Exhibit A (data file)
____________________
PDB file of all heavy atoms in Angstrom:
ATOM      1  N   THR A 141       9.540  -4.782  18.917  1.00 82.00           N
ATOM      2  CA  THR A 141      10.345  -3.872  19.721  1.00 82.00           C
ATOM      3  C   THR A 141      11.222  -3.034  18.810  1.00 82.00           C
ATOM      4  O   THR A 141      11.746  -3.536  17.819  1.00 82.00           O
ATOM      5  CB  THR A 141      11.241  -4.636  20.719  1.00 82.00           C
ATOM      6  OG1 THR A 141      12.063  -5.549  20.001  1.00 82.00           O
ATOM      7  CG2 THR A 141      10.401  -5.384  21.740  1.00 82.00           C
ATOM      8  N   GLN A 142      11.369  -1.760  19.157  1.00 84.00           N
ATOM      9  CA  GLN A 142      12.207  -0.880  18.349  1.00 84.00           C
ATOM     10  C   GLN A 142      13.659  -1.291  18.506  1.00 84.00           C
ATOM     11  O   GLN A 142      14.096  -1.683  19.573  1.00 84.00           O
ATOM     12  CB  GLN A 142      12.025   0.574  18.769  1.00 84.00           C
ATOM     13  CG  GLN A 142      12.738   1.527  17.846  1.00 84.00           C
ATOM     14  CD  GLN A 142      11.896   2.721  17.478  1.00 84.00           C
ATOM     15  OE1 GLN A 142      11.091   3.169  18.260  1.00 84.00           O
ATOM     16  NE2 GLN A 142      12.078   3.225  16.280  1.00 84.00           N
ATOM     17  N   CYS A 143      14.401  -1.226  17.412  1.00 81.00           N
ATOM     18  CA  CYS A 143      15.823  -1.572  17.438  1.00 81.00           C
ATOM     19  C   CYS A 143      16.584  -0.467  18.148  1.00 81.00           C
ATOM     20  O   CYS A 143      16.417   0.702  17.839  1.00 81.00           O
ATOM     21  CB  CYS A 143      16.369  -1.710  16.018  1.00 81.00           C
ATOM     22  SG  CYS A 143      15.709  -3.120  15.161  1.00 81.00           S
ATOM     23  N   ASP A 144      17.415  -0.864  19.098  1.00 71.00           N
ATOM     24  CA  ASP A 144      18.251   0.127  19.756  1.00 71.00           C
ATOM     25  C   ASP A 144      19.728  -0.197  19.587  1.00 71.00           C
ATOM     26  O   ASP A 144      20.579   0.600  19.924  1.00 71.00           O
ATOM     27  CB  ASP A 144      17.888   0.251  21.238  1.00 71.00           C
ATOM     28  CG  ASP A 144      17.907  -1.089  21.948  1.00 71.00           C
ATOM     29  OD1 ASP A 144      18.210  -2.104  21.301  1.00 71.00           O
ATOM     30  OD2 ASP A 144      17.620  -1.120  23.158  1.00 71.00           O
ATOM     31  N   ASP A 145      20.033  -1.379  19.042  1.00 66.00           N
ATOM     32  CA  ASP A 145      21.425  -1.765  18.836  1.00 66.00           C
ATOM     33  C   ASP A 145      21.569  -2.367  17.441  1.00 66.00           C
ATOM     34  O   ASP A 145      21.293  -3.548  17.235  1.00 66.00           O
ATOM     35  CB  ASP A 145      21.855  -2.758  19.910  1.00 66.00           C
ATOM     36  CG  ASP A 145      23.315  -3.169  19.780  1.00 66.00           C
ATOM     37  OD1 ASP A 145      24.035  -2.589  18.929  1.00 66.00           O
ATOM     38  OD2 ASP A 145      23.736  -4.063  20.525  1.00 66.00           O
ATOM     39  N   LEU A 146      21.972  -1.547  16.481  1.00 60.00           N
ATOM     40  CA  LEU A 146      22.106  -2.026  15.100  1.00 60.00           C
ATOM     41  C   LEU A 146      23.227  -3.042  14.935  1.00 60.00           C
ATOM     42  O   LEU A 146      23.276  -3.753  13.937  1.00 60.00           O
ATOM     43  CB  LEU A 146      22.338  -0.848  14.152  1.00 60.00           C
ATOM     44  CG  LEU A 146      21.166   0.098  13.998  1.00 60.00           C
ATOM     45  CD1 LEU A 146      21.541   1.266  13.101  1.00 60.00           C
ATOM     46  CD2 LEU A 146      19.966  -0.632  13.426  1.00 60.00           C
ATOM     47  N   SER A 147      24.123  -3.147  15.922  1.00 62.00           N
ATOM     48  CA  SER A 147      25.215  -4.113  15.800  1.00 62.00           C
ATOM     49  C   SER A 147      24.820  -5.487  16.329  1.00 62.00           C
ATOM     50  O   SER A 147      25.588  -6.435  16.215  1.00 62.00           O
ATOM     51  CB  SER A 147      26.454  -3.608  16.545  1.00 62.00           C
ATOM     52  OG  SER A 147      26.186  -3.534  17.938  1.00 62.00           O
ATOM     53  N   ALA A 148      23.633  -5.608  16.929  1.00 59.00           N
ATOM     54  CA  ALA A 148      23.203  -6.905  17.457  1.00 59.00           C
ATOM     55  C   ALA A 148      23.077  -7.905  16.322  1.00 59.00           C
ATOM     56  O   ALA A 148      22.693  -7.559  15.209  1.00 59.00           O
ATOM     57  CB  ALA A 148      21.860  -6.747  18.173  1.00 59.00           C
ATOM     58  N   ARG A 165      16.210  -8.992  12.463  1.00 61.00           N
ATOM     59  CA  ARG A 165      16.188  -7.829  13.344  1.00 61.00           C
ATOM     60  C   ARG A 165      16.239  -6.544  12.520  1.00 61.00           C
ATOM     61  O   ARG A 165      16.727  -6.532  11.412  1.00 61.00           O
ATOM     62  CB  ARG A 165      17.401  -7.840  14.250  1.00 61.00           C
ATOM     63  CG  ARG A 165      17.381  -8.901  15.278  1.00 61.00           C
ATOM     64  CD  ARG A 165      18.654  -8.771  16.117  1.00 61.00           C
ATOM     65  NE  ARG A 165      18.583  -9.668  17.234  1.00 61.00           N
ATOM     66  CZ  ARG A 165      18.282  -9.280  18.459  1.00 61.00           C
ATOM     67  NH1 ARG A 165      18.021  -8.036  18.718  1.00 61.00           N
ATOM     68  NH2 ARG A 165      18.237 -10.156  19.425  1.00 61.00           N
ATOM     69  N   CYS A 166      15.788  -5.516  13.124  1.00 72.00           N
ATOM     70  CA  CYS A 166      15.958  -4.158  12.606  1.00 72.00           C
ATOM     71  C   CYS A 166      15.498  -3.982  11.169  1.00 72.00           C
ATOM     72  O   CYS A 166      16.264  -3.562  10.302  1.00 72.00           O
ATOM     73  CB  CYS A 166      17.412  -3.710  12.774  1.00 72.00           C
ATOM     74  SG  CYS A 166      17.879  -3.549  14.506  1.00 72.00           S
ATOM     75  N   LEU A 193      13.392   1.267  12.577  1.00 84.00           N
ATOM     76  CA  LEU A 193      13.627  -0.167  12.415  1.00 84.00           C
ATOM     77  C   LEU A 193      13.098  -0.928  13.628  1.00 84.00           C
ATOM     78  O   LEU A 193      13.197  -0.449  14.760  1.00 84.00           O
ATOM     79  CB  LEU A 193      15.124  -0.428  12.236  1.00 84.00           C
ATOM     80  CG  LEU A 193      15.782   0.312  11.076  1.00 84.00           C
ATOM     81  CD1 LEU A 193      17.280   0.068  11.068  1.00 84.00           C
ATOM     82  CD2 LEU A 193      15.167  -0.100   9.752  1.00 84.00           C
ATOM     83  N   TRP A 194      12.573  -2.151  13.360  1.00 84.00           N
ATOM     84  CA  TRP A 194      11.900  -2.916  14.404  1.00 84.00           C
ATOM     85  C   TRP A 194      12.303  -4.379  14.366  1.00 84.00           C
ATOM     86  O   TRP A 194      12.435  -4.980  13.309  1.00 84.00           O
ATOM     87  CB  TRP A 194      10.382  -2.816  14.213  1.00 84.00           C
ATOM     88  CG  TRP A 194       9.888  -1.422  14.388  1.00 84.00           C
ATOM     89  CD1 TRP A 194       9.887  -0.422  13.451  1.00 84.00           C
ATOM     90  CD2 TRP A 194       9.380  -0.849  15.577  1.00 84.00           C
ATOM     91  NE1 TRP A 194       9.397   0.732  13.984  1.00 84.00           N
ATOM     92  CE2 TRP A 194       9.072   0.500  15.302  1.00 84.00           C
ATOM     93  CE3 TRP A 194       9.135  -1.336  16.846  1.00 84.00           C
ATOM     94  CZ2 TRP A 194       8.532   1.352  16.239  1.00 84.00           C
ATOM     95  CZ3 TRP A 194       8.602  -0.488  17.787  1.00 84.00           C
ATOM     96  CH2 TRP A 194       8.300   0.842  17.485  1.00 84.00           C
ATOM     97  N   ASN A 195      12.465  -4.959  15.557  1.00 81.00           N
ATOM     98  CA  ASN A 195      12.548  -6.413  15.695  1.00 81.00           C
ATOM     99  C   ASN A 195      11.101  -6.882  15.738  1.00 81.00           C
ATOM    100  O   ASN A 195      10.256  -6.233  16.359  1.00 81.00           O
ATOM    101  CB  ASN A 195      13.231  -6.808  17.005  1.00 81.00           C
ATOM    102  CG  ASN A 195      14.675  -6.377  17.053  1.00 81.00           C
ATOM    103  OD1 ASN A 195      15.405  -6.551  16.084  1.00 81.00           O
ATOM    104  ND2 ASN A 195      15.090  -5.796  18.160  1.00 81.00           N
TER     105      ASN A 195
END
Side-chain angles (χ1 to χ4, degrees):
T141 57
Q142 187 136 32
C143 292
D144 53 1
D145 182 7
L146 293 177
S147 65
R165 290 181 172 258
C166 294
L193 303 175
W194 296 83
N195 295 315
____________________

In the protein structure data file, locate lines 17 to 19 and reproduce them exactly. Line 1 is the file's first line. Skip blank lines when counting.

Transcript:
ATOM     16  NE2 GLN A 142      12.078   3.225  16.280  1.00 84.00           N
ATOM     17  N   CYS A 143      14.401  -1.226  17.412  1.00 81.00           N
ATOM     18  CA  CYS A 143      15.823  -1.572  17.438  1.00 81.00           C